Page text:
CONTAINING LINKS TO 35725 STORIES FROM THE NETWORKS' NIGHTLY NEWSCASTS
     TYNDALL HEADLINE: HIGHLIGHTS FROM MARCH 20, 2007
The President set the network news agenda with a late afternoon press conference. All three newscasts led from the White House with the Story of the Day as George Bush refused to allow his aides to testify under oath on Capitol Hill about why the Justice Department fired those eight US Attorneys. He called such hearings "show trials." Instead he offered off-the-record unsworn interviews behind closed doors with Congressional leaders as a "reasonable way to avoid an impasse."    
     TYNDALL PICKS FOR MARCH 20, 2007: CLICK ON GRID ELEMENTS TO SEARCH FOR MATCHING ITEMS
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video thumbnailNBCJustice Department fires eight US AttorneysPresident Bush resists sub-poena of aidesDavid GregoryWhite House
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Justice Department fires eight US AttorneysPresident Bush resists sub-poena of aidesJonathan KarlWhite House
video thumbnailCBSJustice Department fires eight US AttorneysDoJ e-mails reveal discussions over oustersBob OrrWashington DC
video thumbnailCBS2008 Presidential race advertising trendsUnofficial, amateur viral videos spread onlineRichard SchlesingerNew York
video thumbnailNBCGov Arnold Schwarzenegger (R-CA) agenda analyzedEnjoys enhanced national political cloutCampbell BrownLos Angeles
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Iraq: Kurdistan is autonomous political regionMore prosperous, secure than rest of countryTerry McCarthyIraq
video thumbnailNBCSudan-US relations are complicatedCooperates with CIA on al-Qaeda monitoringAnn CurryKhartoum
video thumbnailABCAlzheimer's Disease coverageIncidence increases, now 5m patients nationwideDan HarrisNew York
video thumbnailCBSAlzheimer's Disease coverageCongress debates family support, research fundsWyatt AndrewsCapitol Hill
video thumbnailABCBoy scout goes missing in North Carolina woodsTracker dog finds boy, aged 12, after four daysMike von FremdNorth Carolina
 
TYNDALL BLOG: DAILY NOTES ON NETWORK TELEVISION NIGHTLY NEWS
WHITE HOUSE AIDES IN CROSS HAIRS The President set the network news agenda with a late afternoon press conference. All three newscasts led from the White House with the Story of the Day as George Bush refused to allow his aides to testify under oath on Capitol Hill about why the Justice Department fired those eight US Attorneys. He called such hearings "show trials." Instead he offered off-the-record unsworn interviews behind closed doors with Congressional leaders as a "reasonable way to avoid an impasse."

NBC's David Gregory noted that Bush's statement was "hastily arranged…to set the stage for a showdown with Democrats." By contrast, when Bill Clinton was President, "more than two dozen" White House advisors agreed to testify. When Democrats insisted that key Bush aides take an oath too, CBS' Jim Axelrod aired the punning reply of the Senate's Texas Republican John Cornyn: "Democrats see Karl Rove behind every Bush." ABC's Jonathan Karl (subscription required) characterized the Congressional reaction to the White House offer as "scorn" and predicted subpoenas, which the White House will fight "all the way to the Supreme Court, if necessary."

Only CBS followed up from the Justice Department with an analysis of 3,000 pages of internal e-mail discussions about how to handle the uproar. Bob Orr saw "confusion at the highest levels" over how to account for the firings, however "the big questions remain unanswered. Who first floated the idea of firing the prosecutors? Who put together the hit list? How much influence did the White House have in the whole affair?"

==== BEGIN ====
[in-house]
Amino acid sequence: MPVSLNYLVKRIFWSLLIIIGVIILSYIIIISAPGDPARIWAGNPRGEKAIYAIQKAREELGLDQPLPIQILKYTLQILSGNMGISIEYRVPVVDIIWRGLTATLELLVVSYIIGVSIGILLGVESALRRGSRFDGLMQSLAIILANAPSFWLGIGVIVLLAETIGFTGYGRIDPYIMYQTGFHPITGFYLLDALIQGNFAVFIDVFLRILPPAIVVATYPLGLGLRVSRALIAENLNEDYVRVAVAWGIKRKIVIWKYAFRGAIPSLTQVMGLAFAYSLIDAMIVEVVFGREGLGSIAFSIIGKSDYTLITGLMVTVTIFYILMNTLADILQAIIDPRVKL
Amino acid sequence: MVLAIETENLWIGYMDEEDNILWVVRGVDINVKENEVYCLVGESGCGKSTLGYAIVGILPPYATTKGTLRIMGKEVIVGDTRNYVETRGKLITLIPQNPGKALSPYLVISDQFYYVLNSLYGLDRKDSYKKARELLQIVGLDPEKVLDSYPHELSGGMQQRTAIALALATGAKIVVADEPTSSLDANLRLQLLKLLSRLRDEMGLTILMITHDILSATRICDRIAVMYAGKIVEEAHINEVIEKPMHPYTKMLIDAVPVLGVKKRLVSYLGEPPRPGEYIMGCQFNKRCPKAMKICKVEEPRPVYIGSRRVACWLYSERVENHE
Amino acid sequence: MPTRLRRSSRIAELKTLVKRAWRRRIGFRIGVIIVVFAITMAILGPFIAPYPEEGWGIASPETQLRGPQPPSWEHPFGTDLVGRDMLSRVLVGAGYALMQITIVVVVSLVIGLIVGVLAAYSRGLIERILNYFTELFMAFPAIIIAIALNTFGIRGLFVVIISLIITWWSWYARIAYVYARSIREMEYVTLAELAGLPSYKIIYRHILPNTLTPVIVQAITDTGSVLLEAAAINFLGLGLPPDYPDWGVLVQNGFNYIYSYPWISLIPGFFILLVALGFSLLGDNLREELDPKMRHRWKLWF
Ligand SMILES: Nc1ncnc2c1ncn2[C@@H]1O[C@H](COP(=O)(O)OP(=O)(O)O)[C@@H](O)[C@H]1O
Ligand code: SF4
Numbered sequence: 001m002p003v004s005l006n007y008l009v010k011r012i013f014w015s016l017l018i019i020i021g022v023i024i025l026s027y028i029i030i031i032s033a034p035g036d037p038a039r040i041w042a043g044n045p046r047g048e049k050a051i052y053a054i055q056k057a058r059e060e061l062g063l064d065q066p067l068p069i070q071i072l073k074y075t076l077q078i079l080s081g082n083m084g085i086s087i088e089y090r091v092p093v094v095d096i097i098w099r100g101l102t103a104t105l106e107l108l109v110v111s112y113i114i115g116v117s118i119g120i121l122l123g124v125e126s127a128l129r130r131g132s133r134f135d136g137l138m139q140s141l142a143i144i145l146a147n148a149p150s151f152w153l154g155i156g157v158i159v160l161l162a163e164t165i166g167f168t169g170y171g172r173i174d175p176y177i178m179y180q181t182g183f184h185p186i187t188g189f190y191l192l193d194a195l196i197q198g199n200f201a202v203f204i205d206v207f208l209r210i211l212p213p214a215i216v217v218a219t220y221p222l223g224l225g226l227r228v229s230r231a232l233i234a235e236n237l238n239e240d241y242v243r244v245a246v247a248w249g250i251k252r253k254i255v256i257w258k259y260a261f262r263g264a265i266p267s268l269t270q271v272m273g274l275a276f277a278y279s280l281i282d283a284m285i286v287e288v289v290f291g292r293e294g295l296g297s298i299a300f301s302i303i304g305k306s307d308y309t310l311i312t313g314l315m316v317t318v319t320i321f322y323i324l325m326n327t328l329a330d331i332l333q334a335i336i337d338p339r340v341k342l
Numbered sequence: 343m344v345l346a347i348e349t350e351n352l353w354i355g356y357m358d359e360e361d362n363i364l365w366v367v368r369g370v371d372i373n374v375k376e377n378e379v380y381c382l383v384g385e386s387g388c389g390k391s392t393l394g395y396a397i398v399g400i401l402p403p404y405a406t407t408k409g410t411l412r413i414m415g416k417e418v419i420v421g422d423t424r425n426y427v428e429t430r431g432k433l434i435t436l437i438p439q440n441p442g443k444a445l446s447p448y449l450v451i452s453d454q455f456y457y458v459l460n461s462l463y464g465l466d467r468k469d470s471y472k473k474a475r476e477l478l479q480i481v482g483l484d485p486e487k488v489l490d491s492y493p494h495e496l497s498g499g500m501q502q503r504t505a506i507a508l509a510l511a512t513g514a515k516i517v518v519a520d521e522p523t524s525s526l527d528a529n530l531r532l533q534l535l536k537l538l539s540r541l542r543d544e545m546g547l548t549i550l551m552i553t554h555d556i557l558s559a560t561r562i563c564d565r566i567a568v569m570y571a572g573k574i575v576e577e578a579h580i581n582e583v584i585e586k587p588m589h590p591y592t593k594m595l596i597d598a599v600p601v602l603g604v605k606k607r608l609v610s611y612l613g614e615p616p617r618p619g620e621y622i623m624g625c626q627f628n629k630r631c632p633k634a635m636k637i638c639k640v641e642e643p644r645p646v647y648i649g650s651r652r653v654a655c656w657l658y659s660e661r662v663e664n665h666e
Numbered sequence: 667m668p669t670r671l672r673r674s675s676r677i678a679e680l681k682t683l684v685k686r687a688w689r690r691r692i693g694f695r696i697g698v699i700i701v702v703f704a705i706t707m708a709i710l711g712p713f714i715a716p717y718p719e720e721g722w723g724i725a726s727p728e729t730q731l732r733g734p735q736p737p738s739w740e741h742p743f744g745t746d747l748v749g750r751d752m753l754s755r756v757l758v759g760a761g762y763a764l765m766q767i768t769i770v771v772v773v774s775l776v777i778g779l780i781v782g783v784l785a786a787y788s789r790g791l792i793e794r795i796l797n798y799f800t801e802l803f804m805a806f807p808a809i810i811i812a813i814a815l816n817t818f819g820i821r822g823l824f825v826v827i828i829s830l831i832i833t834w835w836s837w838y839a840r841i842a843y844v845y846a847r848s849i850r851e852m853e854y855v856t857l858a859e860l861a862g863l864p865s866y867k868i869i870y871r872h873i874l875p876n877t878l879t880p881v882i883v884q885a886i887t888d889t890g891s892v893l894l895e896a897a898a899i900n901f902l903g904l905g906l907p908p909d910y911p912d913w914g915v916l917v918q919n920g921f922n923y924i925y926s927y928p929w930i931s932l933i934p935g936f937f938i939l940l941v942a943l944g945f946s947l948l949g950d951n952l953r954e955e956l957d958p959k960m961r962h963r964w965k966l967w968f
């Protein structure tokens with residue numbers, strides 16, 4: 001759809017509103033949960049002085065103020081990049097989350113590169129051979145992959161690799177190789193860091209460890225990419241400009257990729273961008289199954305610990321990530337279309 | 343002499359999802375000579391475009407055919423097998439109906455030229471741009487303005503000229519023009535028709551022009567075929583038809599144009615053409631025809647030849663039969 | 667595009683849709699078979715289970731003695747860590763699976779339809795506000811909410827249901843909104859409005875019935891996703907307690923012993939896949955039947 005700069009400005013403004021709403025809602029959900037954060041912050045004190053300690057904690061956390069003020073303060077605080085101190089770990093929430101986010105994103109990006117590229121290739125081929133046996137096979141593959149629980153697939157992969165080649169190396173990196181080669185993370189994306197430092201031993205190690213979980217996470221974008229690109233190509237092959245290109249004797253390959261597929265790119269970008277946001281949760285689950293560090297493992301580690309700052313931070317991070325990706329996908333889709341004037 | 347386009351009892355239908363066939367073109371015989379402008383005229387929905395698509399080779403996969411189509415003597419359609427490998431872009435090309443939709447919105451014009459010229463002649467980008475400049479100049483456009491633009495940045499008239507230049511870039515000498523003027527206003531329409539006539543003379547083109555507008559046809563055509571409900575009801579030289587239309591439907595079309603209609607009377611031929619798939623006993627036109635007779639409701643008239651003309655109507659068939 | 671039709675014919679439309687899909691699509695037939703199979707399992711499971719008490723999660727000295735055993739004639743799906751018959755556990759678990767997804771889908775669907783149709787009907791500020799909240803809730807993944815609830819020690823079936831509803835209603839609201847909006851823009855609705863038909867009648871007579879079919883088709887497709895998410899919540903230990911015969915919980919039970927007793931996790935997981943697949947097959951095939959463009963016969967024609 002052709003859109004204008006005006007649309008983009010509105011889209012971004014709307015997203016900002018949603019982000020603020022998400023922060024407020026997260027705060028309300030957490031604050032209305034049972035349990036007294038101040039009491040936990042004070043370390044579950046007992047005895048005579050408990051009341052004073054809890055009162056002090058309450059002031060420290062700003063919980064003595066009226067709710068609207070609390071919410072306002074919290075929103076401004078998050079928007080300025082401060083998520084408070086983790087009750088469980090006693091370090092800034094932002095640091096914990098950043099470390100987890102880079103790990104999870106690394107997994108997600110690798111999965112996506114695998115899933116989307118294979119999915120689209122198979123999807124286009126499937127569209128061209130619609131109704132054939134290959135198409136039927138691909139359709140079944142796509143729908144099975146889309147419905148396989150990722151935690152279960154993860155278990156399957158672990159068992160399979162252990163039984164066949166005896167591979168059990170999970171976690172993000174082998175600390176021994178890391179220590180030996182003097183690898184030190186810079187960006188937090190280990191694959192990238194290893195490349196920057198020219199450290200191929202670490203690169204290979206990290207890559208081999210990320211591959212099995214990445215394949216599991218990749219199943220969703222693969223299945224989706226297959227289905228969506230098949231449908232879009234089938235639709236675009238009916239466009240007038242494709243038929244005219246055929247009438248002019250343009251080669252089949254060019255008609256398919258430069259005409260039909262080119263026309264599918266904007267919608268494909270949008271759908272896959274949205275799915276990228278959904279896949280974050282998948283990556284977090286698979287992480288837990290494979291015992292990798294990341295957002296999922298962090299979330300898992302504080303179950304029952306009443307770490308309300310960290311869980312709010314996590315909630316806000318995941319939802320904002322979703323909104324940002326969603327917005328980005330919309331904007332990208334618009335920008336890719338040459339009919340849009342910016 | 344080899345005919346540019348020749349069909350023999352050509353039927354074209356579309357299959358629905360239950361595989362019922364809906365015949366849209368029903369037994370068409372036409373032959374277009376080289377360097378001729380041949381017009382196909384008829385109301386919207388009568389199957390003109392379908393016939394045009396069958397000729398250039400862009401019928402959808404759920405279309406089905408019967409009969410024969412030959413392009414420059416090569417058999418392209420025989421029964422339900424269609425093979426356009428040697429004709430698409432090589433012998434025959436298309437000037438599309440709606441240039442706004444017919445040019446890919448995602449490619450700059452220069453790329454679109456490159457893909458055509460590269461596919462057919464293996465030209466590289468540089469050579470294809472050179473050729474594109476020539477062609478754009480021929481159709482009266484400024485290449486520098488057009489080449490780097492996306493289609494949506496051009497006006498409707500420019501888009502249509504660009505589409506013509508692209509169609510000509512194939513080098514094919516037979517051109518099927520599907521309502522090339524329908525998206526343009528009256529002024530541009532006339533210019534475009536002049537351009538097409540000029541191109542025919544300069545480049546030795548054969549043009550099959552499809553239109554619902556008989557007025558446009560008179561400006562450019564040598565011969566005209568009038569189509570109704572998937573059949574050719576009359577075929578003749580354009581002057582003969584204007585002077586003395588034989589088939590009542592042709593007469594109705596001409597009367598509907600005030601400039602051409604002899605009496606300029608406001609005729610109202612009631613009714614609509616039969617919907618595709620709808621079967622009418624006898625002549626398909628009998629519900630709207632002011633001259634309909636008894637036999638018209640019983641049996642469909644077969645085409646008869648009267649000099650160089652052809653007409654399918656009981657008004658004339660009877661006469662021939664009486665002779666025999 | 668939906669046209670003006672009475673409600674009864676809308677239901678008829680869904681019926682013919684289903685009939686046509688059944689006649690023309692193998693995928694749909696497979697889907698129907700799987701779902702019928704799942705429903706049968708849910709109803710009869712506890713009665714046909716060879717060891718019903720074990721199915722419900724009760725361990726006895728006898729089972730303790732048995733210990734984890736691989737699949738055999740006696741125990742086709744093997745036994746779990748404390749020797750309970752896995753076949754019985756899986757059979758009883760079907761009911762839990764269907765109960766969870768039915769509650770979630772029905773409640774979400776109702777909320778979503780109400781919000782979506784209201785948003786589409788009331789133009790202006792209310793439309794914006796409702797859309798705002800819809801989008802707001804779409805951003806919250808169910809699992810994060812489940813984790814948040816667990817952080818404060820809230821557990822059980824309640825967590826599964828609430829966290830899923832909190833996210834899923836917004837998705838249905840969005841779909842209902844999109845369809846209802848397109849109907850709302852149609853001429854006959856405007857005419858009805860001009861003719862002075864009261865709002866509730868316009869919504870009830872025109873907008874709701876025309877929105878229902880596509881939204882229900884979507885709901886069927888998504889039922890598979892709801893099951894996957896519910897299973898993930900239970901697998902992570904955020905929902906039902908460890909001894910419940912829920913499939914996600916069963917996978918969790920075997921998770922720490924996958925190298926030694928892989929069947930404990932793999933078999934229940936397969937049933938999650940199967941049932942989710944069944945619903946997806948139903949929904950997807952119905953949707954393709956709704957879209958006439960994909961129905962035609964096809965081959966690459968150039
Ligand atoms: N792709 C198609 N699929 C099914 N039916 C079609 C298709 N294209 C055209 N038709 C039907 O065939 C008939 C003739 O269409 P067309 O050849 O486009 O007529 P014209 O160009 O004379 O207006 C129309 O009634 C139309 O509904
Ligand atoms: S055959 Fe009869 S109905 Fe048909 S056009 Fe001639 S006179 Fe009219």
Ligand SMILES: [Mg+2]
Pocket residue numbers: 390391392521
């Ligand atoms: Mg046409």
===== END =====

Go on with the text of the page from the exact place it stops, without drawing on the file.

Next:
ABC and NBC both sought political analysis from their Sunday morning anchors. Tim Russert (at the tail of the Gregory videostream) of NBC's Meet the Press concluded that Bush had listened to those Republican advisors who warned that Democrats would not be placated with the dismissal of Attorney General Alberto Gonzales so he had to "hang tough." George Stephanopoulos of ABC's This Week took Bush's comments as a means to protect Rove: "If they throw the Attorney General overboard too early, Democrats will come straight at the White House."

ABC anchor Charles Gibson observed that "Washington has been filled with people in the last couple of days who thought they knew--and said they knew--what was going to happen to the Attorney General." Those "people" seemed like a reference to CBS' Axelrod, who reported last week that it was "inevitable" that Gonzales would be fired. Axelrod now was obliged to note that the President "forcefully voiced his support for his embattled Attorney General."


BREAKTHROUGH In other political news, CBS' Richard Schlesinger filed a full report on the latest Campaign 2008 advertising that NBC's in-house political analysts Chuck Todd touched on yesterday. The ad in question purports to be made by the Barack Obama campaign, portraying rival Hillary Rodham Clinton as an Orwellian Big Sister in a tribute to Apple Computer's famous iconoclastic 1984 commercial for Macintosh. Schlesinger updated us on the latest development on CNN, in which Obama officially stated that the spot was not produced by his campaign: "We do not have the technical capacity to create something like that," he told Larry King.

"Voter-generated content is the wild card in 2008," Micah Sifrey of techpresident.com declared. So Schlesinger traced the ad's progress. It was posted on YouTube by an anonymous ParkRidge47--named for a Chicago suburb and Rodham Clinton's year of birth. There "it had already been viewed by more than a million people online before broadcasters discovered it." Now viewership exceeds 8m as the video has migrated "from YouTube to your tube."